Hard Stem Bulrush–Scirpus acutus
Hard Stem Bullrush has the botanical name Scirpus acutus. This plant is native to some locations in the U.S. in areas near water or swamplands. This plant grows best in zones 3 through 9. The plant has thick stems and leaves that have an appearance of long blades of grass. The leaves and stem are olive green to medium green. The leaves or fronds are 1 to 2 inches wide and begin growing at the base of the plant. The plant flowers through the summer from June through September and one bulb for the stalk. The plant’s flowers have small sepals or petals that have bristles in a tan, white color. These flowers grow from a greenish bract that stems like, and the flowers can have a reddish tint as they mature. It is a plan that grows in clumps and likes full to partial sunlight. The soil for this plant does not need to be well draining, and it does grow good near or around Pete Moss. This is a hardy plant that proliferates in most areas and is easy enough for the beginning gardener. The plant will spread quickly during the season and seeds that come from the plant as the flower fades. The plant will return annually and can grow between 3 and 6 feet tall. This plant has the appearance of a fancy grass type landscaping plant that grows well in wet soil and near water like ponds or lakes. This is a type of pant that can be used for driveway and another border plant, though pot planting is not recommended because of the size. The plant is one that was used in the past by Native Americans for food and the leaves to make baskets, mats and other items.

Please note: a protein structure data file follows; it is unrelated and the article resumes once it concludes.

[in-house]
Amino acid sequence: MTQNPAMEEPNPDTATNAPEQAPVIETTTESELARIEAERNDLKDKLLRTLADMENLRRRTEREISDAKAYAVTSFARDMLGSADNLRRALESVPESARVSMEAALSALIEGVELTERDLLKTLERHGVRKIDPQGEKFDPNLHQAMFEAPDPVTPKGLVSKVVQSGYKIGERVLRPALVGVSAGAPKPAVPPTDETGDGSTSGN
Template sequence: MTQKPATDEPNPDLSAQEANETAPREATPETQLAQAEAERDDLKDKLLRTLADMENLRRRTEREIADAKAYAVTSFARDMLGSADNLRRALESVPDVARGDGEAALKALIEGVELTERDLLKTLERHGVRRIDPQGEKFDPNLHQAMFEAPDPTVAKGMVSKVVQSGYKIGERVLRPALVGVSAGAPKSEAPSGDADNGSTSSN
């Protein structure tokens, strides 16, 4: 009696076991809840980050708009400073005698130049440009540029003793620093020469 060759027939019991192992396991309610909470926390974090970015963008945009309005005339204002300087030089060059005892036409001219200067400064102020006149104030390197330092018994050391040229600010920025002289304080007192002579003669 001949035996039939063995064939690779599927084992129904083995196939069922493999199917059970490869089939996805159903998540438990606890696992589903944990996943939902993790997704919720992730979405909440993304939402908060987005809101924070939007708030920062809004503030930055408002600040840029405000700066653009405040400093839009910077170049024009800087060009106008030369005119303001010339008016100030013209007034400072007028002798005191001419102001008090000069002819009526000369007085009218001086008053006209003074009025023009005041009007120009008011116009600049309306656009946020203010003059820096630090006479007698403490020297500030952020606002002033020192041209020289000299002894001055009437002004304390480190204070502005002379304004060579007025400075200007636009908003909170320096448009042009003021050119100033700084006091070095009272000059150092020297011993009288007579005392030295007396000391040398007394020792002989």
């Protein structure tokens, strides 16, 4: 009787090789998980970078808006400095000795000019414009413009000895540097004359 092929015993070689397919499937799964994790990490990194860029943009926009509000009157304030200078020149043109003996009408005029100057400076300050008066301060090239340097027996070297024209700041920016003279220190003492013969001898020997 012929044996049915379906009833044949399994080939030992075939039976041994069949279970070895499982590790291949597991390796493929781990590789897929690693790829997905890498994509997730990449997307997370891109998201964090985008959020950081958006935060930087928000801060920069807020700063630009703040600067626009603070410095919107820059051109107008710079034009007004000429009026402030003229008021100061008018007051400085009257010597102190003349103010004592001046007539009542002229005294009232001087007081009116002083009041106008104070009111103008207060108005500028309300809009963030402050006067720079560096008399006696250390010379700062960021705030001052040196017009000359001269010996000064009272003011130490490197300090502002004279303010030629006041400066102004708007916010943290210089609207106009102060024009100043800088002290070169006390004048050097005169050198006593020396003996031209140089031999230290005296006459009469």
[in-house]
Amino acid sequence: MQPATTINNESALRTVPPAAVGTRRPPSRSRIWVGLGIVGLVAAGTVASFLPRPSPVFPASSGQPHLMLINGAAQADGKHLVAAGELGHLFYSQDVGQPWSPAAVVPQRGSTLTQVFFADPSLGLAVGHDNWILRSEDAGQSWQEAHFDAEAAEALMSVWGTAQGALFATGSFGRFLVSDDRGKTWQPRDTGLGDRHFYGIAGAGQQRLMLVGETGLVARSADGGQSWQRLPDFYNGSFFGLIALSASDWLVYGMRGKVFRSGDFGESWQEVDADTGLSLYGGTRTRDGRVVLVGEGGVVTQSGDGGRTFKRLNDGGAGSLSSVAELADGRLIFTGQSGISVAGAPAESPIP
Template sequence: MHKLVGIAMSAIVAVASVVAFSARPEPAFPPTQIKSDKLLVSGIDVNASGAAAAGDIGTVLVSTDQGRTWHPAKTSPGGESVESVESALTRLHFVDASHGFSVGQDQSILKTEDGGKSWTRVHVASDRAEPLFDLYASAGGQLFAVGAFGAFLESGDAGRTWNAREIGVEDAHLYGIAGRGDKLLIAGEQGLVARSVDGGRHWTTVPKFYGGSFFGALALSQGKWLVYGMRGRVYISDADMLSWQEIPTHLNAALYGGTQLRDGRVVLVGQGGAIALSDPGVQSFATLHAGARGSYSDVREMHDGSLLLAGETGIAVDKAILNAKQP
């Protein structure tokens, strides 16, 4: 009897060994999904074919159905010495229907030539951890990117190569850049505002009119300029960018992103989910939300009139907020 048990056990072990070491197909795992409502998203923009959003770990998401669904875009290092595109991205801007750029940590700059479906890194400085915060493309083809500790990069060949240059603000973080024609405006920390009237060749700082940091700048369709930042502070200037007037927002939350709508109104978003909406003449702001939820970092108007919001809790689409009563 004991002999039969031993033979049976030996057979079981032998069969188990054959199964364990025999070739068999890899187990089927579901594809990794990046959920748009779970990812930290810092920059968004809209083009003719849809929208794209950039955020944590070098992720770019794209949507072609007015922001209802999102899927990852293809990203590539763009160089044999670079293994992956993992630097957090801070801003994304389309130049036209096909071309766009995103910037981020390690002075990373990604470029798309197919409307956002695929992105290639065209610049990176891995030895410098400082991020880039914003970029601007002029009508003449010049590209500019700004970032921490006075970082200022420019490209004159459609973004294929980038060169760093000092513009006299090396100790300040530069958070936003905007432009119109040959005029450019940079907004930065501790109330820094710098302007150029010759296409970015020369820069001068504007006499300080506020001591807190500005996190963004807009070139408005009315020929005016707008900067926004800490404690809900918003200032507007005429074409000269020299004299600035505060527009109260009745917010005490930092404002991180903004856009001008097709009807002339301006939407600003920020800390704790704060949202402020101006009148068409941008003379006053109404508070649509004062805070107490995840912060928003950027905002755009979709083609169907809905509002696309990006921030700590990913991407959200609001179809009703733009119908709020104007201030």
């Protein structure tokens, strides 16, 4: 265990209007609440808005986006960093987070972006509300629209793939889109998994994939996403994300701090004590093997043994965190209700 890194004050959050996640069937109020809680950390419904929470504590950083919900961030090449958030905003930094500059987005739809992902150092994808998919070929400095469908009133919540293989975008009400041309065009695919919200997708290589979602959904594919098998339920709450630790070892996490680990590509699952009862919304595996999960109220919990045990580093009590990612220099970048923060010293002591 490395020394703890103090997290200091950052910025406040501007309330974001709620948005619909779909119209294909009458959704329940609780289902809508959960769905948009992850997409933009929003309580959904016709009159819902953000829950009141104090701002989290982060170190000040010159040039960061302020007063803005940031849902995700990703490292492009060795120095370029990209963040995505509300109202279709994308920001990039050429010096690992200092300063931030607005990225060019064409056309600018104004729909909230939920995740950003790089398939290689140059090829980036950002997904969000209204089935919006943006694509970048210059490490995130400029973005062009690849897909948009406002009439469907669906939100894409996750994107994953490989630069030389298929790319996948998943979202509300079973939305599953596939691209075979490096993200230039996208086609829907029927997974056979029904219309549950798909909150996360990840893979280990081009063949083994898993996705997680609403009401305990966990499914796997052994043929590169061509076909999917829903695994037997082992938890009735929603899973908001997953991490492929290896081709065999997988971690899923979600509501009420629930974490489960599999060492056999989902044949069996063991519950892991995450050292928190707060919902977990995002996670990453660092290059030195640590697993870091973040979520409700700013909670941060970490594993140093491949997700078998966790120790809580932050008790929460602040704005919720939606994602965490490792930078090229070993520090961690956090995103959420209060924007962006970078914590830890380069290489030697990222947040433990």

When woven and dyed, hard stem bulrush is used to make duck decoys, clothing, hats, mats, bowls, boats, and baskets that were used by the Native Americans. Some ancient American tribes were also known to use the hard stem bulrush to construct their houses. This homage is still respected o this day. Coast Miwok, Bay Miwok, and the Ohlone people use the hard stem bulrush to manufacture canoes and boats for transportation across the San Fransisco Bay using wetland and marine resources. Northern tribes also used the hard stem bulrush to make canoes.